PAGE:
The process

The Fences Act provides the adjoining property owners are equally responsible for a dividing fence between the adjoining property owners.  Usually the adjoining property owners will contribute in equal shares to the dividing fence.  The process sets out the rules for replacing the dividing fence and is best explained when there is agreement and when there is no agreement between the adjoining property owners.

 

If there is agreement

When there is agreement, one neighbour will initiate discussions with the other neighbour.  Both (or more) neighbours will agree the fence is firstly a dividing fence within the terms of the Act, second, it is not a sufficient dividing fence (now referred to as  a fence) as is set out in the Act and three, it must be replaced by a new fence.  One (or more) neighbours will obtain a quote (or quotes) from a Fencing Contractor.  One (or more) neighbours will serve a Fencing Notice, which sets out the proposal for the repair of the fence or the removal of the fence and erection of a new fence.

 

The quote (or quotes) is attached to the Fencing Notice and served on the neighbour (or neighbours) requesting the response in 30 days.

 

When there is total agreement between the neighbours, it is not necessary to serve a Fencing Notice, the agreement of the neighbours is recorded by each neighbour signing the quote for the repairs or new fence.

 

When happens when there is no agreement?

When there is no agreement, for example, when the neighbour does not respond to the Fencing Notice, the initiating neighbour may:

 

(a) Proceed with the fencing works, without the neighbour’s agreement, and recover the sum to be paid by the neighbour in an action in the local Magistrates’ Court of Victoria (the Court); or
(b) Issue the action in the Court and seek an Order of Court that the initiating neighbour may proceed with the fencing works and the contribution that is to be paid by the other neighbour.

 

A response does not always indicate there is agreement, for example, where the adjoining neighbour proposes the erection of a different fence than is set out in the Fencing Notice (the quote will set out the details of the proposed fence), the initiating neighbour will then negotiate the agreement for the new fence.  If the negotiations do not produce a satisfactory agreement allowing the initiating and adjoining neighbour to proceed with the repairs or new fence, the initiating neighbour may issue the action in the Court, as set out above.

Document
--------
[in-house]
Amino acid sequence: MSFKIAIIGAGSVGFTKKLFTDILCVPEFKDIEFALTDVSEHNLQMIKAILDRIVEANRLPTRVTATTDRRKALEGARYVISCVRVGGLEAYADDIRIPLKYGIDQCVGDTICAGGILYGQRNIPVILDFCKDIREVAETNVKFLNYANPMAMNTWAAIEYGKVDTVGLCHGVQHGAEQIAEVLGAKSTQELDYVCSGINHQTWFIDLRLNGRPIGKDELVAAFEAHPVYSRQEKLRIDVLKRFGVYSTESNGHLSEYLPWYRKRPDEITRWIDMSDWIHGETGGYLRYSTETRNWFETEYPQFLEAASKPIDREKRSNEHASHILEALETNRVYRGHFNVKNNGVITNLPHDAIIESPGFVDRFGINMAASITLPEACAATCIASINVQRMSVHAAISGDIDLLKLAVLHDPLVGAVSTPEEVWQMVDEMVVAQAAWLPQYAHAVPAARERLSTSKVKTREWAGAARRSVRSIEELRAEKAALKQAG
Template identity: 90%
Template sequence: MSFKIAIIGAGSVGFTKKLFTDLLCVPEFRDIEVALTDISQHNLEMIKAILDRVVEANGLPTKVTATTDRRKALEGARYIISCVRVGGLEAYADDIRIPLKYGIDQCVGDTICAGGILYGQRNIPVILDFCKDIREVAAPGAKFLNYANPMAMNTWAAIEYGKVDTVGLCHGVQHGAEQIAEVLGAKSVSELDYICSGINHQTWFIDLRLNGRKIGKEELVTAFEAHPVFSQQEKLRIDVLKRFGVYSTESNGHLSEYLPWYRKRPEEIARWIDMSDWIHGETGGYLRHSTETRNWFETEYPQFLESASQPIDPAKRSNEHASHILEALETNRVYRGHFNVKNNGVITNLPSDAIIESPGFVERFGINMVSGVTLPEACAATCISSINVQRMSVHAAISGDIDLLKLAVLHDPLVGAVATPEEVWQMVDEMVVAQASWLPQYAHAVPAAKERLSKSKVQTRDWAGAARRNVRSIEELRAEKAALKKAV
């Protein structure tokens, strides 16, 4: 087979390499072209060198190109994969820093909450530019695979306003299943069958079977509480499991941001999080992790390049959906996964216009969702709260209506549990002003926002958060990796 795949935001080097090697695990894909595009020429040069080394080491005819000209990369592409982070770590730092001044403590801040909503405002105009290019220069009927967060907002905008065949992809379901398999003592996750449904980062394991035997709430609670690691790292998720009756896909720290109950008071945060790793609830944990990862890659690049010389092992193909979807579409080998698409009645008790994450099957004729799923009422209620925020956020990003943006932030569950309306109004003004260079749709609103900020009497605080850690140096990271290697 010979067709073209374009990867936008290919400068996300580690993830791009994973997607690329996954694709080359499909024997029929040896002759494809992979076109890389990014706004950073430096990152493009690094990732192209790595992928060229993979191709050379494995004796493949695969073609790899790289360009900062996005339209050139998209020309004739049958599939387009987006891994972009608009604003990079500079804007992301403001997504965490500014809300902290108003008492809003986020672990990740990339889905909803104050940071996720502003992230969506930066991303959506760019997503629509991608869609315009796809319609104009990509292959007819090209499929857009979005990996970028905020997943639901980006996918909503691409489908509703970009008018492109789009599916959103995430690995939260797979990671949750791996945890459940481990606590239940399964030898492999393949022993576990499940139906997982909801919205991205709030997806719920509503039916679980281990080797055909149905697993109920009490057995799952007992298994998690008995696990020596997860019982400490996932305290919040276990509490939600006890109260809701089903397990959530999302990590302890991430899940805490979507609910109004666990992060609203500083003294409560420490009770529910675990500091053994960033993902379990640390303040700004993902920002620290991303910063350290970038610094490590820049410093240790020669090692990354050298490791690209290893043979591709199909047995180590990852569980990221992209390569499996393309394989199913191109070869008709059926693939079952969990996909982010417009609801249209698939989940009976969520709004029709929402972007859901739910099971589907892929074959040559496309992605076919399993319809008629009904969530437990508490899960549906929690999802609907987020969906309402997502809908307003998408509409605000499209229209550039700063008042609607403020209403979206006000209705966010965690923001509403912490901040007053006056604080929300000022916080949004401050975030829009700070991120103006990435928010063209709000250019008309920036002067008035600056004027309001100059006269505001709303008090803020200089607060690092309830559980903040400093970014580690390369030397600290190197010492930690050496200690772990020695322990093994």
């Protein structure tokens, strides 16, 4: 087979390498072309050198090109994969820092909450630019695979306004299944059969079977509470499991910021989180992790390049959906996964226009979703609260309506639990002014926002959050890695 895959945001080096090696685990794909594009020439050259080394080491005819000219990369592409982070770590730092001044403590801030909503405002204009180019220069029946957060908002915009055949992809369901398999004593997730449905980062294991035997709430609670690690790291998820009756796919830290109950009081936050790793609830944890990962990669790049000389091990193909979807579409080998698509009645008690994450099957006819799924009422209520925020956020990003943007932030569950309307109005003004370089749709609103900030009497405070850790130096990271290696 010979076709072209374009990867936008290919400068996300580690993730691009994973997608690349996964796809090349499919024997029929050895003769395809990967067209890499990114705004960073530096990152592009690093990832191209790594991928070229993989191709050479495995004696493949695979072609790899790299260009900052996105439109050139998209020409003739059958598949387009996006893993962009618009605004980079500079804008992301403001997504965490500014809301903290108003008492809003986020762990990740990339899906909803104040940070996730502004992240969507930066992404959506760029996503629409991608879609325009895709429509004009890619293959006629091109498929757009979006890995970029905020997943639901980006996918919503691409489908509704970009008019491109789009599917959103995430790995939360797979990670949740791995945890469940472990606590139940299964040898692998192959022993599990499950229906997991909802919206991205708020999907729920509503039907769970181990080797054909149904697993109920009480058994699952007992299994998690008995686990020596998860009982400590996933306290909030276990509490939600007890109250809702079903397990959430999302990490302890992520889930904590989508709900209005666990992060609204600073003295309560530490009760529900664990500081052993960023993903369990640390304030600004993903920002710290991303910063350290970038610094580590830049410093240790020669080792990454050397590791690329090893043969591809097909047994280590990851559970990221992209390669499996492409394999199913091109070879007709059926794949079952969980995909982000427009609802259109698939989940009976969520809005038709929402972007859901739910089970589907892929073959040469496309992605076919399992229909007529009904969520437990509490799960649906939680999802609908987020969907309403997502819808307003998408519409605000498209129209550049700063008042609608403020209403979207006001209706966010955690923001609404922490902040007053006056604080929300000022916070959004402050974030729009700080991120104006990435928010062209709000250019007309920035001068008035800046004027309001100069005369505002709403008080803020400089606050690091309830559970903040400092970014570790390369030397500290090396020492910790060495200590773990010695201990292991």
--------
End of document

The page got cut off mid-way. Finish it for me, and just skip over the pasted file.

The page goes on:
Who pays for the fence when the neighbours agree the fence must be replaced but do not agree on the standard of the new fence?

 

The Pre-Amendment Act provided separate processes when there was (1) the erection of a new fence and (2) the maintenance and repair of the existing fence.

 

The Act was amended in 2014 and there is now a single statutory process for all fencing works (including all related works, which includes the maintenance and repair of the existing fence). The statutory process now covers the erection of a new fence or the repair of the existing fence. The amendment to the Act has led to the simplification of the process.

 

The other major change post-amendment is that the contribution to the new fence by the each neighbour is altered.  The Pre-Amendment Act required the neighbours pay equally for “a fence sufficient for the purpose of both occupiers”.  What was deemed sufficient by the neighbours was not set out in the Act.

 

Post-amendment the neighbours:

1. Must contribute in equal proportions to a “sufficient dividing fence”;
2. Define what is a sufficient dividing fence; and
3. Provides where one neighbour wishes to erect a dividing fence to a standard, which exceeds what is a sufficient dividing fence, then in that situation the neighbour requiring the non-standard fence will pay the difference in cost.